Should I take out a longer-length car loan if it allows me to pay off my other debts faster?

"I know 60-month auto loans are the longest you should take out, but I found a lender for a 96-month loan.

I plan to use the money I'd save on payments to pay off other debt. Then, I'll put money toward the principal of the loan to pay it off early.

Is it a good idea to take out a long-length car loan?"

“It all depends on if you’re going to take the full 96 months to pay off the car loan. If you can pay off your other loans and then refinance the car loan, it might be a good idea.
Remember that life happens. What if you lose your job or you have another unforeseen expense that might put you in default on your loan? This is just to play devil’s advocate.
In general, the 60-month term is ideal because you don’t fall victim to the depreciation of, or go immediately into negative equity on, the vehicle.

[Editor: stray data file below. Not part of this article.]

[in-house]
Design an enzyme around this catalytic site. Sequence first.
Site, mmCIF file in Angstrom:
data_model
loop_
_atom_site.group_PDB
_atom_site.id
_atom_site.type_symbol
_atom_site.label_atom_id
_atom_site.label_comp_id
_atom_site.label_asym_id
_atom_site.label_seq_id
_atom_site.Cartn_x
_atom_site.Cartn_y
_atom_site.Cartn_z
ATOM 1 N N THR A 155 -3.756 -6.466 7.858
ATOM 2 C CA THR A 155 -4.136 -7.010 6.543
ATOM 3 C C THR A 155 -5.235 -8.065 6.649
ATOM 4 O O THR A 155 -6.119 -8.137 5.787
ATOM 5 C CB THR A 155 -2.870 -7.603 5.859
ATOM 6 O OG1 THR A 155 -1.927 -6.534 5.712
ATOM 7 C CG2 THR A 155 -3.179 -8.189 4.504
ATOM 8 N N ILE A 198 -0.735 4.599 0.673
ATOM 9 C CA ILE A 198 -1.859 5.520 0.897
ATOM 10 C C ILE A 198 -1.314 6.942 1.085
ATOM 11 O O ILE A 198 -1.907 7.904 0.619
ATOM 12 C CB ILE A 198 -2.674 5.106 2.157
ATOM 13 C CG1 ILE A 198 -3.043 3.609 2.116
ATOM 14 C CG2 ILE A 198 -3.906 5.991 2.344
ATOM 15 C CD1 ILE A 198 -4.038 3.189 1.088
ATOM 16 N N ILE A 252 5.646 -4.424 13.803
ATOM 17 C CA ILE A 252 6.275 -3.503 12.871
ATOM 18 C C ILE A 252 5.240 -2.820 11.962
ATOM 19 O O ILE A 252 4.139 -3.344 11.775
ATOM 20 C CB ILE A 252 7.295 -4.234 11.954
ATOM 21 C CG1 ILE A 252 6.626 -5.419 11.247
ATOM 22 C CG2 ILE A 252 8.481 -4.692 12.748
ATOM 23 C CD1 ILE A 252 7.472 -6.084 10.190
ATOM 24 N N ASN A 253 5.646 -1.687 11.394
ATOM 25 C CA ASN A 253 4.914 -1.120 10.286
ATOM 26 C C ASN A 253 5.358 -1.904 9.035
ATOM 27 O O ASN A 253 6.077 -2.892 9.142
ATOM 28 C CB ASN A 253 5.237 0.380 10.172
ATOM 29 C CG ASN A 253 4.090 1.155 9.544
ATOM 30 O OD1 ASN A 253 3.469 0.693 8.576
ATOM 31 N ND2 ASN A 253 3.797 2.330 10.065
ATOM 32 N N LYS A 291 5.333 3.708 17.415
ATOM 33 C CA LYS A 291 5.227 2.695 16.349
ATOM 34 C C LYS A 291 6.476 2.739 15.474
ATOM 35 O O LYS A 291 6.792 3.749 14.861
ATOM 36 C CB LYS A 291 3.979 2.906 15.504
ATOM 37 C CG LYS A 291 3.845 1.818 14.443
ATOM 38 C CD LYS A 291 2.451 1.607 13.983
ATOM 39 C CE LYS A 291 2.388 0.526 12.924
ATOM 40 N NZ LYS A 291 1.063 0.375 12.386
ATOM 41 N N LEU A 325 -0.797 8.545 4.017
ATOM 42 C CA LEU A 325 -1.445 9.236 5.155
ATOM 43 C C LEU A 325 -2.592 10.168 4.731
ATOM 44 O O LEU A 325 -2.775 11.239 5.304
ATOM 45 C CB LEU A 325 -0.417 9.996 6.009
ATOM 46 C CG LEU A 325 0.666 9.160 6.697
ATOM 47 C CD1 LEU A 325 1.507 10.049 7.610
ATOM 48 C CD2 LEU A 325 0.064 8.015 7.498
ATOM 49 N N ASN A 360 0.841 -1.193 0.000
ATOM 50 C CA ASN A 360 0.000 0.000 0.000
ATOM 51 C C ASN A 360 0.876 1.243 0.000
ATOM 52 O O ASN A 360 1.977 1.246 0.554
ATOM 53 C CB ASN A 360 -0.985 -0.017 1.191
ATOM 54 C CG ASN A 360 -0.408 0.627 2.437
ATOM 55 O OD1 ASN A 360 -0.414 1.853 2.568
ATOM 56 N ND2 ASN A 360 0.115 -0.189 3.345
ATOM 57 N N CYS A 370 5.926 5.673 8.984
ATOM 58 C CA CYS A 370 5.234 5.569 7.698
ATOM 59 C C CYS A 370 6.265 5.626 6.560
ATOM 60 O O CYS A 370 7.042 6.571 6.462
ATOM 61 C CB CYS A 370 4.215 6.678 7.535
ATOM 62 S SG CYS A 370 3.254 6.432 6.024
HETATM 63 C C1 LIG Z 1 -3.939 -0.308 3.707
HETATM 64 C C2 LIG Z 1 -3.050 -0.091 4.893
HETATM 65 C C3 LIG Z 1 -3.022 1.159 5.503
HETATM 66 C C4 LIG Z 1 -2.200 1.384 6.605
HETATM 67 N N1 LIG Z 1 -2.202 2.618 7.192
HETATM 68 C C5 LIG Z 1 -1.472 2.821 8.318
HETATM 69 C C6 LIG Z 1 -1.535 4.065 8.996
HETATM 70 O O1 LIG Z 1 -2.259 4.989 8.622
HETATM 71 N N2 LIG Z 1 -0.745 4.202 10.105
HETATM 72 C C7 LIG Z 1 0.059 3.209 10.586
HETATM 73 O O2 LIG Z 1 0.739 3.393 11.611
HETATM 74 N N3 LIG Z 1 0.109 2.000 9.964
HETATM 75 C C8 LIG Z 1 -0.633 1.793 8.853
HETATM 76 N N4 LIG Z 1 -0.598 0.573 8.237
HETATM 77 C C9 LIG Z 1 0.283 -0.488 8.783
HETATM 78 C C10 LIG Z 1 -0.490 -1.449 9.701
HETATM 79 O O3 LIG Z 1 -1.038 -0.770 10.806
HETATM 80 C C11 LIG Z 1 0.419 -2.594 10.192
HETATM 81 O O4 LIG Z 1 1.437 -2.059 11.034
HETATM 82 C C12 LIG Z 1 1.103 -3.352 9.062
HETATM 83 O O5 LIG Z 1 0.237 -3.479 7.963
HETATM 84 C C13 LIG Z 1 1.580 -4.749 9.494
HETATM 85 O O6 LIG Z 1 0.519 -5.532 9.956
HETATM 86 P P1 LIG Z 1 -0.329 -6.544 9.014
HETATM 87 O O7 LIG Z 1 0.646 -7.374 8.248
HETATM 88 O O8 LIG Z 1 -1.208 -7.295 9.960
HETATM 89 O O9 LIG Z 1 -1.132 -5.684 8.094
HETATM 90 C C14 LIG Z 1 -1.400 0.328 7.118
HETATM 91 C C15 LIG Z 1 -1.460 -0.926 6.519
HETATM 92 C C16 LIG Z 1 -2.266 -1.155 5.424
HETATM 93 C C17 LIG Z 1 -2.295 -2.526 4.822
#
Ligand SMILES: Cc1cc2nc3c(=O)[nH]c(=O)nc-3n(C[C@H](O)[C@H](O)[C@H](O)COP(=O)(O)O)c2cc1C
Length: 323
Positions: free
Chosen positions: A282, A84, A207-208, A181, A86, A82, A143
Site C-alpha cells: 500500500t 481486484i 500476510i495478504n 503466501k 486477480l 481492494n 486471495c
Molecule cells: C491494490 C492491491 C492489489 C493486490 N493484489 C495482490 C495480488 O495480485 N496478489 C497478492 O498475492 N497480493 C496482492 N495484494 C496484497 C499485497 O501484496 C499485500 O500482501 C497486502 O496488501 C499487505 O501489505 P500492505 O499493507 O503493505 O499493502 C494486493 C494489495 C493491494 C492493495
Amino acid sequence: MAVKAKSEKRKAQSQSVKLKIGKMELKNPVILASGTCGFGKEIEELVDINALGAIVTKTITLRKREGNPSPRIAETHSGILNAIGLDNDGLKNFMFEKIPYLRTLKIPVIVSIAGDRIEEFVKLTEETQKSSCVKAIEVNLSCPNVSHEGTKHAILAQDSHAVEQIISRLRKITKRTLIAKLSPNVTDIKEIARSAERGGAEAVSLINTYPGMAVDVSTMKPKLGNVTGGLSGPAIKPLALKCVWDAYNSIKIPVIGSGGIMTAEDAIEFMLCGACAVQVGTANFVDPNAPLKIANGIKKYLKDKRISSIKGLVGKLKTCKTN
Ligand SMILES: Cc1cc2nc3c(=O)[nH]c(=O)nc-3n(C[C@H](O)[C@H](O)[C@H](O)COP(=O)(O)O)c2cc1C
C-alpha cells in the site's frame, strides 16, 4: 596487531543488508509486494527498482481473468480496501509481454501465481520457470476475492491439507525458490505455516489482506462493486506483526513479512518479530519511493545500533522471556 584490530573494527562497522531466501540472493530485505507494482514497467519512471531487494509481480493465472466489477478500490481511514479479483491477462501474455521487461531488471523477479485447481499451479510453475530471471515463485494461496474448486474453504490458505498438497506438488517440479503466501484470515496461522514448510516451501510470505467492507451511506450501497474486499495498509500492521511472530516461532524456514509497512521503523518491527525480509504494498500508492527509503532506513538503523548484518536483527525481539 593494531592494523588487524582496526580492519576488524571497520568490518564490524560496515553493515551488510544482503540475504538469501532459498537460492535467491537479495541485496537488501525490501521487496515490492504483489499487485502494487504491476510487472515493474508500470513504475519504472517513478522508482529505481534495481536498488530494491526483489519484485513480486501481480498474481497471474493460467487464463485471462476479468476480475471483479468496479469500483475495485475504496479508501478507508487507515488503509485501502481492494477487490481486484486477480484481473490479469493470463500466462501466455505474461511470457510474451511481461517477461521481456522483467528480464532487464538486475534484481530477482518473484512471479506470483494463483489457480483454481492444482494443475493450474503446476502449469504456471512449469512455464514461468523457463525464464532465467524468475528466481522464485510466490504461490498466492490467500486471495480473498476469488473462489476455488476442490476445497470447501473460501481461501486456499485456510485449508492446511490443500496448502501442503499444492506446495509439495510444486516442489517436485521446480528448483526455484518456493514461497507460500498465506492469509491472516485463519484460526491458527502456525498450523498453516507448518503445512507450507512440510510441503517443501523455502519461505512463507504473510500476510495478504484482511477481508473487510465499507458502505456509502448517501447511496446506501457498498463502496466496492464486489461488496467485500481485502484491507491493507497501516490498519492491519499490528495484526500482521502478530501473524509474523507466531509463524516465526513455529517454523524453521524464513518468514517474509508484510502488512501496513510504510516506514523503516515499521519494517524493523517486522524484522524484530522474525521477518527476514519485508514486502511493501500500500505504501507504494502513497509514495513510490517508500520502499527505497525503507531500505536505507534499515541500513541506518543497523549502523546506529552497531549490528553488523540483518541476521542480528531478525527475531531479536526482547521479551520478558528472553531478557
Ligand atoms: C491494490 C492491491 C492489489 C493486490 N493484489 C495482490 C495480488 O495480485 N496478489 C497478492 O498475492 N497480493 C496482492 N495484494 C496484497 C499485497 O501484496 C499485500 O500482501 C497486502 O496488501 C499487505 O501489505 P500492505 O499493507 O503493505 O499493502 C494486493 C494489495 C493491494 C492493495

Do the calculations, and, if the 96-month loan makes sense, go for it. Just remember to refinance for a shorter term as soon as you possibly can.”
Eric Schad
Answered on May 28, 2021
Eric Schad has been a freelance writer for nearly a decade, as well as an SEO specialist and editor for the past five years. Before getting behind the keyboard, he worked in the finance and music industries (the perfect combo). With a wide array of professional and personal experiences, he’s developed a knack for tone and branding across many different verticals. Away from the computer, Schad is a blues guitar shredder, crazed sports fan, and always down for a spontaneous trip anywhere around the globe.

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